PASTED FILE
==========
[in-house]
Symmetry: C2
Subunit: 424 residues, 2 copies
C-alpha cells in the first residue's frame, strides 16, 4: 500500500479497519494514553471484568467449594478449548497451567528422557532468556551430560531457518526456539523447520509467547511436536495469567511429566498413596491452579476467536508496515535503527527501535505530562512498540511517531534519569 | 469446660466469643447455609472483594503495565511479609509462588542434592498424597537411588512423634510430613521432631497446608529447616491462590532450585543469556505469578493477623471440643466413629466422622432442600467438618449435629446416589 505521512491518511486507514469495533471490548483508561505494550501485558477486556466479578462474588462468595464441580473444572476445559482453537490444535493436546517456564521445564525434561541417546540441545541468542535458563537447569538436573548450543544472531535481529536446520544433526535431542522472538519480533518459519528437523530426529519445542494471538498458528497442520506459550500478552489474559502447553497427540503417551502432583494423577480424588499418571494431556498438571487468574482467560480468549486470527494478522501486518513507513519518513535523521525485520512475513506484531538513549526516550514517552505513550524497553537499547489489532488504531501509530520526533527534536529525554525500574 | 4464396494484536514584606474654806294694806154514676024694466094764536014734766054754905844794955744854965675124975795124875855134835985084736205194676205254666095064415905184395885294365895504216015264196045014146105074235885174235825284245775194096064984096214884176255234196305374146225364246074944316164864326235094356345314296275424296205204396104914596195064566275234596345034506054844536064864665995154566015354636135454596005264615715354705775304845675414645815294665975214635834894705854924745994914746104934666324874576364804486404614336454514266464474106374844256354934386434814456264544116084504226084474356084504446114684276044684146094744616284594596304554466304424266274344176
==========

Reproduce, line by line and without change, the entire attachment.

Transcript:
[in-house]
Symmetry: C2
Subunit: 424 residues, 2 copies
C-alpha cells in the first residue's frame, strides 16, 4: 500500500479497519494514553471484568467449594478449548497451567528422557532468556551430560531457518526456539523447520509467547511436536495469567511429566498413596491452579476467536508496515535503527527501535505530562512498540511517531534519569 | 469446660466469643447455609472483594503495565511479609509462588542434592498424597537411588512423634510430613521432631497446608529447616491462590532450585543469556505469578493477623471440643466413629466422622432442600467438618449435629446416589 505521512491518511486507514469495533471490548483508561505494550501485558477486556466479578462474588462468595464441580473444572476445559482453537490444535493436546517456564521445564525434561541417546540441545541468542535458563537447569538436573548450543544472531535481529536446520544433526535431542522472538519480533518459519528437523530426529519445542494471538498458528497442520506459550500478552489474559502447553497427540503417551502432583494423577480424588499418571494431556498438571487468574482467560480468549486470527494478522501486518513507513519518513535523521525485520512475513506484531538513549526516550514517552505513550524497553537499547489489532488504531501509530520526533527534536529525554525500574 | 4464396494484536514584606474654806294694806154514676024694466094764536014734766054754905844794955744854965675124975795124875855134835985084736205194676205254666095064415905184395885294365895504216015264196045014146105074235885174235825284245775194096064984096214884176255234196305374146225364246074944316164864326235094356345314296275424296205204396104914596195064566275234596345034506054844536064864665995154566015354636135454596005264615715354705775304845675414645815294665975214635834894705854924745994914746104934666324874576364804486404614336454514266464474106374844256354934386434814456264544116084504226084474356084504446114684276044684146094744616284594596304554466304424266274344176